Living in Rome
Works of art can have the power to make us see a new reality. One of the greatest painters of the Baroque age, Andrea del Pozzo, became a master at creating the illusion of a different reality, through his famous trompe-l’oeil frescoes. He is best known for painting the fake cupola inside the church of St Ignazio in central Rome (see previous posts), but the more modest corridor he painted in St Ignazio’s rooms, next to the nearby church del Gesù, leaves a more powerful impression. On an ordinary vault, he created an architectural construction of pillars, straight angles and relief curves, using his amazing technique of anamorphic painting.
Andrea del Pozzo was born in Trento (north-east Italy) in 1642 (so more than 40 years after Bernini and Borromini). In his early twenties, he joined the Company of Jesus in Milan, but continued to work as a painter, decorating many of the Jesuits’ churches. His work got noticed, and he was soon called to the headquarters of the Company in Rome, to decorate the former rooms of its founder, Ignazio de Loyola. Loyola had created the Company in 1534 in Paris, and in 1540 it was officially recognised as a religious organisation by Pope Paul III (Farnese). The Company grew very fast and became instrumental in the Catholic Counter-Reformation which dominated the 16th century. The De Loyola, originally from Spain, settled in Rome, in the Casa Professa, the building adjacent to the Church del Gesù, from where he ran his very ascetic and hierarchical organisation. After his death in 1556 (in the Casa Professa), the building was restructured but his rooms were left as they were when he lived there. They have now become a little museum showing with relics and objects which belonged to him (he was canonised in 1622).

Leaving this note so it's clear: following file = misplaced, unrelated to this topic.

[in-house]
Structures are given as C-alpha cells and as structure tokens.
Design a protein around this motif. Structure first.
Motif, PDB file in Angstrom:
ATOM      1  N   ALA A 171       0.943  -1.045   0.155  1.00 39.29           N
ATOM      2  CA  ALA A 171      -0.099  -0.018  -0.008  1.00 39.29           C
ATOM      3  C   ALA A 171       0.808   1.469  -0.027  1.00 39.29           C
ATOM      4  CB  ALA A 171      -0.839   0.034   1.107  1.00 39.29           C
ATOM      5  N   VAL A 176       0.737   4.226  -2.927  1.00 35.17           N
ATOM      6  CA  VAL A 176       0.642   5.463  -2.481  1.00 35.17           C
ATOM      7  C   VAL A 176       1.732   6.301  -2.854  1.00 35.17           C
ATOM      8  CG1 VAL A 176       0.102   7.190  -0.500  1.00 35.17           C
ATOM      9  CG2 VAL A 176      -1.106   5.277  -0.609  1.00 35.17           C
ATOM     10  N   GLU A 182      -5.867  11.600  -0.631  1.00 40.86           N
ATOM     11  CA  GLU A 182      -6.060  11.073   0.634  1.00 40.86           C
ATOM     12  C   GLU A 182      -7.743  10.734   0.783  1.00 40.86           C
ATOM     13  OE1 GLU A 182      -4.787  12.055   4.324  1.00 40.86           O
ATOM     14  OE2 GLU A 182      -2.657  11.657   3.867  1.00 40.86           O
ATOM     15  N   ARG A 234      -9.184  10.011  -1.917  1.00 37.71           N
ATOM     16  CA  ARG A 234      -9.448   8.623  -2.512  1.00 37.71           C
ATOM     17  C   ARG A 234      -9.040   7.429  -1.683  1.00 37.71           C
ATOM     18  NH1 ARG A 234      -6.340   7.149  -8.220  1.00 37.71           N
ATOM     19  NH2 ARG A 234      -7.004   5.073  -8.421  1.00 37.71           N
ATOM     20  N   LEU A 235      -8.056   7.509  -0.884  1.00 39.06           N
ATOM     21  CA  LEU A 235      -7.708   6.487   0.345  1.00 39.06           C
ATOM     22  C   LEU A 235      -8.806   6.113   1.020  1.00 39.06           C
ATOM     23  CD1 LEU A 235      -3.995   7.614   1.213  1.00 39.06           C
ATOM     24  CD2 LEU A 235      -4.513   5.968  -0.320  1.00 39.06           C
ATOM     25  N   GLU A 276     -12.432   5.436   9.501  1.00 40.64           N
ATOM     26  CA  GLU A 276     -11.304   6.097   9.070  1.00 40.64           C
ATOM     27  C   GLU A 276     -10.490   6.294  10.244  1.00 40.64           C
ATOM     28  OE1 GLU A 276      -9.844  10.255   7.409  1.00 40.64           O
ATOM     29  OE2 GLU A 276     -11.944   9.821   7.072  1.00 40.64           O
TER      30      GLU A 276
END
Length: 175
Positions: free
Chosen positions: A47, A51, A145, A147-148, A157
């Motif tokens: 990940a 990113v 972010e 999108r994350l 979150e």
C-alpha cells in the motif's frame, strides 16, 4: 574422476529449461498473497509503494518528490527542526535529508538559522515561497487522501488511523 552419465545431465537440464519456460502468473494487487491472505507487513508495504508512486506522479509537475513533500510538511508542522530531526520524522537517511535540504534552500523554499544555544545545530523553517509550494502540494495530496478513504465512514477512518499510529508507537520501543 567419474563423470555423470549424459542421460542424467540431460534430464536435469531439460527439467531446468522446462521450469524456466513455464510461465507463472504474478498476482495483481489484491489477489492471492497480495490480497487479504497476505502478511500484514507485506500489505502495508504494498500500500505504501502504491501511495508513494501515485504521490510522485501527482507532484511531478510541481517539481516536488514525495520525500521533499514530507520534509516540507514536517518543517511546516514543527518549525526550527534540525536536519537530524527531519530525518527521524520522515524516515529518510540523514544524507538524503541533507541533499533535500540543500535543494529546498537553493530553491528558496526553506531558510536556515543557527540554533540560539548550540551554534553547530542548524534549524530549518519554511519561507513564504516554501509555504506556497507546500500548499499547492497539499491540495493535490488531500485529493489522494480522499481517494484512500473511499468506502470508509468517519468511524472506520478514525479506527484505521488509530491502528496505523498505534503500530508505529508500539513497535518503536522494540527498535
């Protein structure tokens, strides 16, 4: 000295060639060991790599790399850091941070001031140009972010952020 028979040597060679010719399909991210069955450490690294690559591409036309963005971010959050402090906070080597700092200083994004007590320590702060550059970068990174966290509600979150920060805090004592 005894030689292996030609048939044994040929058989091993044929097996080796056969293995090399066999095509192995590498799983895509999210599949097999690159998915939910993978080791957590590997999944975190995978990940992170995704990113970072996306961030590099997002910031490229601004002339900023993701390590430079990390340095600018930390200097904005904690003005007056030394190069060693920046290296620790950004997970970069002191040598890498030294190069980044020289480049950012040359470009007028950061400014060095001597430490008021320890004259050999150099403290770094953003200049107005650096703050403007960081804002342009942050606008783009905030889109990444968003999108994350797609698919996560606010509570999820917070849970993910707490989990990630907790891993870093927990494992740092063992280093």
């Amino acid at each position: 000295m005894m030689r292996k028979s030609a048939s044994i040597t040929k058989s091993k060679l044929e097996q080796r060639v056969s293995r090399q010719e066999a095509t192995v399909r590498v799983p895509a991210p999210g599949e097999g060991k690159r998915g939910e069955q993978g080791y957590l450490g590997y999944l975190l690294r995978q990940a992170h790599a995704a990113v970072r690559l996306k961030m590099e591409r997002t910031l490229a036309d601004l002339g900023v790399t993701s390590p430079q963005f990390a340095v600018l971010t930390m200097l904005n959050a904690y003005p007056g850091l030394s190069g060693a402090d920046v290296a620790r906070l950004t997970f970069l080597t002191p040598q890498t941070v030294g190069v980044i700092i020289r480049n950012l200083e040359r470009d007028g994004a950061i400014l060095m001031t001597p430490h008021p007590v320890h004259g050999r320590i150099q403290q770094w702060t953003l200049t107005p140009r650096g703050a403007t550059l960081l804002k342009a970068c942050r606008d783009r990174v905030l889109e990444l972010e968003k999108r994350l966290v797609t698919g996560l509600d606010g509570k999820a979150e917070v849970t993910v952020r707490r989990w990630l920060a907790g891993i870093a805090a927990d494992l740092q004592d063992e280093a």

Being a Jesuit himself with already a name as a painter, Andrea del Pozzo was the first choice to decorate the corridor leading to the rooms and celebrate the life and achievements of St Ignazio. The subject matter was very close to his heart, and through it, he managed to take his art to new heights. The room was quite a challenge to enhance with its relatively narrow dimension and oblique wall at the back. Del Pozzo used all his talent to transform it into a grand yet intimate space. Looking at the many painted features on the ceiling and walls becomes a game of optical illusion.
In the course of his career as an artist, del Pozzo also wrote a famous Treatise on Prospective, which became a reference for many of contemporaries.
The rooms can be visited every week day from 16.00 to 18.00 hours, free of charge. Very few visitors make it there, as they concentrate on the actual Church del Gesù and the church of St Ignazio, on the other side of the former Jesuit College, known as Collegio Romano (today part of the Gregorian University). So having the place for oneself makes the experience even more enjoyable!
Thank you so much for this post. I’ve been looking so long for detailed information about this hidden marvel. Andrea Pozzo is a genius. Can’t wait to see this masterwork with my own eyes.
keep rocking – Tapir Tales
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